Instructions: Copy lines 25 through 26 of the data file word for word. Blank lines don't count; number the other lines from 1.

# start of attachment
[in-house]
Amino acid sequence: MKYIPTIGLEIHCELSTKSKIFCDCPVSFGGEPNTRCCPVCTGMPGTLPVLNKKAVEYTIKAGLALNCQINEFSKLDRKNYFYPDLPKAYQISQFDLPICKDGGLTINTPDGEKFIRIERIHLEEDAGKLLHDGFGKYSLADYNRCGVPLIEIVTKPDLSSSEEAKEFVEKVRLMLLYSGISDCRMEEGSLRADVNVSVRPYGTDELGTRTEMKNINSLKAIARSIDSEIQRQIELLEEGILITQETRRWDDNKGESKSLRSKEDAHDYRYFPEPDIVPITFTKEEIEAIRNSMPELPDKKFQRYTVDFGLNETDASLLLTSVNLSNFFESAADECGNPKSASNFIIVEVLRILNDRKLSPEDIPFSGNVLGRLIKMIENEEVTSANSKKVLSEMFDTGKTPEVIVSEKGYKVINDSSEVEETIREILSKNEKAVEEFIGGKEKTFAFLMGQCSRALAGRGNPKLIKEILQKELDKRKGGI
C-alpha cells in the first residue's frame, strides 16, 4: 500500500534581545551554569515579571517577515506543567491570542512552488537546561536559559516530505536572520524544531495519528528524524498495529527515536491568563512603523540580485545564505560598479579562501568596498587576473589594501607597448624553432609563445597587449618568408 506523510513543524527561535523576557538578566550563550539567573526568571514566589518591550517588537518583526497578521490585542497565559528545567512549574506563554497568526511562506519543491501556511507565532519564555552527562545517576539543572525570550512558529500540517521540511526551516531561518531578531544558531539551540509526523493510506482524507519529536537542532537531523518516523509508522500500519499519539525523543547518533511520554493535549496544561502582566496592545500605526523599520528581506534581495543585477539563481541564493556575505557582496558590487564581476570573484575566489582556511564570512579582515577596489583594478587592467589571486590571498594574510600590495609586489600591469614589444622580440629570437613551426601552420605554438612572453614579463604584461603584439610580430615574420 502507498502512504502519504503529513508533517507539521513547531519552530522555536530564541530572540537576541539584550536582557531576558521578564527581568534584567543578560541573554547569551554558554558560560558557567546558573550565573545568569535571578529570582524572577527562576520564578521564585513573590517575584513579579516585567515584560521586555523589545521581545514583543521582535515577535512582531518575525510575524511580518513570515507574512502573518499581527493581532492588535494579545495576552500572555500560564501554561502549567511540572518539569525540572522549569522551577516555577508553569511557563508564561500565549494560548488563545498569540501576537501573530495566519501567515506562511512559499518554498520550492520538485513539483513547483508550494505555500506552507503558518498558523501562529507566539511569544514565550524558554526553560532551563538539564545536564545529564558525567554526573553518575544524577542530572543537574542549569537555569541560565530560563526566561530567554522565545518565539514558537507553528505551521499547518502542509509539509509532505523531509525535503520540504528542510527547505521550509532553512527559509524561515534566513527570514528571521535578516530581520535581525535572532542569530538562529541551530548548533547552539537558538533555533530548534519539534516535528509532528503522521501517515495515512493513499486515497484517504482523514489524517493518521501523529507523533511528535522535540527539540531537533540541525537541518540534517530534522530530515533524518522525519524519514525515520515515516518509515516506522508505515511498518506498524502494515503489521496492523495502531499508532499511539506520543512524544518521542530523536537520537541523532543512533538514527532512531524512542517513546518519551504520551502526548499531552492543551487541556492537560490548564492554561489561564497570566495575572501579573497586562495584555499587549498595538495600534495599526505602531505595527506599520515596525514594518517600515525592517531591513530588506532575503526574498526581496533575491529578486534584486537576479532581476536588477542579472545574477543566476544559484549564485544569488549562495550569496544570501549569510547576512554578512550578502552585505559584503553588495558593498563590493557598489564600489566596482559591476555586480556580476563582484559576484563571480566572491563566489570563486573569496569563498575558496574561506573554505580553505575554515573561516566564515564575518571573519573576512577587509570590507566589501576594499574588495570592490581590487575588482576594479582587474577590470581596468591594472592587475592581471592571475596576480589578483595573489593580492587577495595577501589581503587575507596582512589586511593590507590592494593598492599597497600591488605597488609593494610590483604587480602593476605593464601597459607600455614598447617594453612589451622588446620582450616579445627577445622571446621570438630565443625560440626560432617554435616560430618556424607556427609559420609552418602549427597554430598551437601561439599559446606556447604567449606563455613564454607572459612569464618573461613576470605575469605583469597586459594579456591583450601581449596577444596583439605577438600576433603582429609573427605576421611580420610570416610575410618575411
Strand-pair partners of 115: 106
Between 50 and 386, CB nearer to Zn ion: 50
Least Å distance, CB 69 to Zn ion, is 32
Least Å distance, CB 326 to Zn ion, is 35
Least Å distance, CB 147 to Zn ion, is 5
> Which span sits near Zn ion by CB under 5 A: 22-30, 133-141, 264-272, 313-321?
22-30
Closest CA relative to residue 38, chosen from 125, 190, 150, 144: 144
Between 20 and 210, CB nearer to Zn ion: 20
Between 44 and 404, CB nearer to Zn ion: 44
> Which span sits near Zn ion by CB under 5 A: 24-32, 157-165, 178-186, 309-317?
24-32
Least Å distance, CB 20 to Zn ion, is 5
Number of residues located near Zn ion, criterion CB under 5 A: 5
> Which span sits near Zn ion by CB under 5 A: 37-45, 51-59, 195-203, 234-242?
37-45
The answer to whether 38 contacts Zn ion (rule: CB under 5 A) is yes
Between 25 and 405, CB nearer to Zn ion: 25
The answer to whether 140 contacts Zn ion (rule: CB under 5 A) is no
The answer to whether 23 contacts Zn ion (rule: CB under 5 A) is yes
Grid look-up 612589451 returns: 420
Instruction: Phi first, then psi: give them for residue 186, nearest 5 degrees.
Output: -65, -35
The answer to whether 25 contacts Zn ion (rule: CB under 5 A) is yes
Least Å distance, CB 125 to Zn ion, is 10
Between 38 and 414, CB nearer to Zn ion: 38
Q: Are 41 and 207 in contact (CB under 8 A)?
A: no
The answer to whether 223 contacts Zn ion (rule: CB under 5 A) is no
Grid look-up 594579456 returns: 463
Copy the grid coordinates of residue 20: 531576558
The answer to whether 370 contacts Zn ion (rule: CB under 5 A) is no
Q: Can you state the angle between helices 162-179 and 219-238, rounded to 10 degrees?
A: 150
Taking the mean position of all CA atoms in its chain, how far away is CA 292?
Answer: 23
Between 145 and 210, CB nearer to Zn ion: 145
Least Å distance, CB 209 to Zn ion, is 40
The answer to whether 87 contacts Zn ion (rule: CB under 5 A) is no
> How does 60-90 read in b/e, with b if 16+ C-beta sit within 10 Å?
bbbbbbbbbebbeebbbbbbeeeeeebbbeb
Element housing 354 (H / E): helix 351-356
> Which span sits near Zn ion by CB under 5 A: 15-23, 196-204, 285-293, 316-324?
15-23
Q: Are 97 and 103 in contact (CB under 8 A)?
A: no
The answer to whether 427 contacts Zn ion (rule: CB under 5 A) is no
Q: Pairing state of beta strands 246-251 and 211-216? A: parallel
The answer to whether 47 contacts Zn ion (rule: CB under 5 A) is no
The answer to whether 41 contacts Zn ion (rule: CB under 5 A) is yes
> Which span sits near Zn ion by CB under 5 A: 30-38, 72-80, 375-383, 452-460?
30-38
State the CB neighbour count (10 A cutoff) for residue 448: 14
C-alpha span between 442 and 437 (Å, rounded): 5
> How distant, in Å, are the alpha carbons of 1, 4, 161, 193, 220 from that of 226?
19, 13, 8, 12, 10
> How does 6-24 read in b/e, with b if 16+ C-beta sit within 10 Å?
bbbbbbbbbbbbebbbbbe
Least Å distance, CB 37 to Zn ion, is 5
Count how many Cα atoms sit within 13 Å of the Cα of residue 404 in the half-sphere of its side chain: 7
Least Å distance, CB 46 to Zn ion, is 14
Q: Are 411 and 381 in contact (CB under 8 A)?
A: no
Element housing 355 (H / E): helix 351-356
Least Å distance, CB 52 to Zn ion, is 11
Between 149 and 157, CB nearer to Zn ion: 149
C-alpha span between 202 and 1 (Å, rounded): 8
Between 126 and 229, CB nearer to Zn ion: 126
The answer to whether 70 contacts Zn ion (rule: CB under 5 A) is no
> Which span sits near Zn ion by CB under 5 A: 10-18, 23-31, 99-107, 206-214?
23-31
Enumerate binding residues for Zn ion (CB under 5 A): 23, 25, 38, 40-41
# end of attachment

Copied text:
Instruction: Phi first, then psi: give them for residue 186, nearest 5 degrees.
Output: -65, -35